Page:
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A quick way to boot into your other OS in a dual-boot system

NOTE: THIS DOESN’T WORK. Windows changes the ID number of the OS’s based on the default. So you’d have to do something more clever than this. The default OS seems to take over ID 1.

I have a dual boot setup—for all the wrong reasons. Regardless, it becomes annoying to have to reboot into the other OS by waiting for the menu to show up, because my computer has SCSI controllers which makes boot-up times extremely long.

With a quick web search I was able to put together simple batch files to switch the default OS and then restart the system (only works if you’re letting Windows handle the bootloading, of course). Create a new batch file (I put them on my desktop) and add the following lines:

bootcfg /default /id 1
shutdown /r /t 1

The first thing you need to do is open a command prompt and type in “bootcfg”. This will list your OS’s and their ID’s. As may be already obvious, choose the ID of the one you want to be default, and change the batch file accordingly.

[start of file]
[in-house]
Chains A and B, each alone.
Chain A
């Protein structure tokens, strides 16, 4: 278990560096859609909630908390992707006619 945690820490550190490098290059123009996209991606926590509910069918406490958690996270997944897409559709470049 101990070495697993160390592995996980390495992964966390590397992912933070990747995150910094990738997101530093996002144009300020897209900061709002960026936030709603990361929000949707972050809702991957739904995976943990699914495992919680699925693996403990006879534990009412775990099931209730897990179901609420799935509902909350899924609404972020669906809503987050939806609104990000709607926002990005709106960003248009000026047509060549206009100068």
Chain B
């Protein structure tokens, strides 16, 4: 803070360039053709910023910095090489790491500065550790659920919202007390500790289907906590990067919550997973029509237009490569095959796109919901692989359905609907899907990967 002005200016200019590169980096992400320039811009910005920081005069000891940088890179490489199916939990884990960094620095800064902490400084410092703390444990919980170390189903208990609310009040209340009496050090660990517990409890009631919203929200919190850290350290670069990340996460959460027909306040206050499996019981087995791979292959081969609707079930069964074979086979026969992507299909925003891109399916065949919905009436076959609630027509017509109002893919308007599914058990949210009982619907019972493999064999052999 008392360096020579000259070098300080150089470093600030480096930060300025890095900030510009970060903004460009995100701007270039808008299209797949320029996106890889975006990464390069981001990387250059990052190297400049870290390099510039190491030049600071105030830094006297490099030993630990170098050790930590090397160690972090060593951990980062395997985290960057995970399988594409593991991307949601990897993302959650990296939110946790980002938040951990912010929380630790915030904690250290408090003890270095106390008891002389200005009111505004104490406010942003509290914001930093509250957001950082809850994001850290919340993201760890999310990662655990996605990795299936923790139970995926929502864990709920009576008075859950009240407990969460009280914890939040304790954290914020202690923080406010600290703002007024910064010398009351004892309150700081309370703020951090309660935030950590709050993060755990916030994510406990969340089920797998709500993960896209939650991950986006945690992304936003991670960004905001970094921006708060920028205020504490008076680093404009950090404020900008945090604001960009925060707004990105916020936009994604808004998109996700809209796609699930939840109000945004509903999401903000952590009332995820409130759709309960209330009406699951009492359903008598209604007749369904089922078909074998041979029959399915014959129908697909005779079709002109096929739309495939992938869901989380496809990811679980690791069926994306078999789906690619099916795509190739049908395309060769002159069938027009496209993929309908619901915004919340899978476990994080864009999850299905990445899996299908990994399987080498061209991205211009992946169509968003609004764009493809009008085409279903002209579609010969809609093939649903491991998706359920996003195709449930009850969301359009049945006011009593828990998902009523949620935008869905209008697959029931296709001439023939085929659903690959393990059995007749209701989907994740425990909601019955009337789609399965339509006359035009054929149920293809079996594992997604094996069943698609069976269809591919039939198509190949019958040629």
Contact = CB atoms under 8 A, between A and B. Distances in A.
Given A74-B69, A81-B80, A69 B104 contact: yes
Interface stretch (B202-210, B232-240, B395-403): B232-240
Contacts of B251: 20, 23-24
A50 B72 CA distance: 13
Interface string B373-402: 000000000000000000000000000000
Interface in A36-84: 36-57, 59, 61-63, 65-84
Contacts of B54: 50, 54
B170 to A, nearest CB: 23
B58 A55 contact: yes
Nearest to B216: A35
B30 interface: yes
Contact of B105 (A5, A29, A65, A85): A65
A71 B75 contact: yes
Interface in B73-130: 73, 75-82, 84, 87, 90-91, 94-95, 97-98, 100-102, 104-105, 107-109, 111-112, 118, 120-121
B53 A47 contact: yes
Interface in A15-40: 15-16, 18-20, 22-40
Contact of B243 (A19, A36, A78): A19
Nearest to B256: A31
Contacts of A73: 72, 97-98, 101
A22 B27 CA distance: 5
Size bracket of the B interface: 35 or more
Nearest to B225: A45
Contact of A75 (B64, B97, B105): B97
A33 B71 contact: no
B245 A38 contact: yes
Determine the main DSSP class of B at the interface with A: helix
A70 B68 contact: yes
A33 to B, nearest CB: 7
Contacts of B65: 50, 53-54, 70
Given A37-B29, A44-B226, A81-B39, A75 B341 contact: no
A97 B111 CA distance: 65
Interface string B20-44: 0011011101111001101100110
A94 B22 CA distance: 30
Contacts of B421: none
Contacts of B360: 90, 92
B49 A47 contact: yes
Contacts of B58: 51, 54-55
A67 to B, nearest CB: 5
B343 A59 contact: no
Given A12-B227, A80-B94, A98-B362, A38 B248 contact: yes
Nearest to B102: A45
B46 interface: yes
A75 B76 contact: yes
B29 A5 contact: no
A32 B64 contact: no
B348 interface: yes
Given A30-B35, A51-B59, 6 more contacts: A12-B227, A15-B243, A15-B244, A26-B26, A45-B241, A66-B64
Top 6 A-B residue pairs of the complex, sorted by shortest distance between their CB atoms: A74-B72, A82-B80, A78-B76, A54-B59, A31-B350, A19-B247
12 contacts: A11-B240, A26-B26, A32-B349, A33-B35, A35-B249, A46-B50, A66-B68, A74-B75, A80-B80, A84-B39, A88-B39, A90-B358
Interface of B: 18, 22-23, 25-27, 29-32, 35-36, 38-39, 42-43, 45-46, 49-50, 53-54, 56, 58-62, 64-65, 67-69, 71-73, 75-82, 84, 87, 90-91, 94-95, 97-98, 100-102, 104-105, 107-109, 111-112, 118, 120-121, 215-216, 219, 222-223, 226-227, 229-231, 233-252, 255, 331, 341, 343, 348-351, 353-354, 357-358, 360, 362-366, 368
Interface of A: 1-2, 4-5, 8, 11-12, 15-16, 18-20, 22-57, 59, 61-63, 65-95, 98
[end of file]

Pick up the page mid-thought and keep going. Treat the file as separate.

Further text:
The other line restarts your computer (/r) and sets the warning time to 1 second (/t). You may as well not have any warning, because you can’t stop it once it starts—although one trick may be to quickly open, say, a notepad file, make some changes to it, and don’t save. When the computer tries to reboot, you’ll get the warning that you need to save or lose changes—click cancel, and it may stop the reboot. It did for me, anyway.

Once you have this set up, you may want to reduce the amount of time you get to choose an OS in the boot menu. You can do this with bootcfg (try bootcfg /? at a command prompt).

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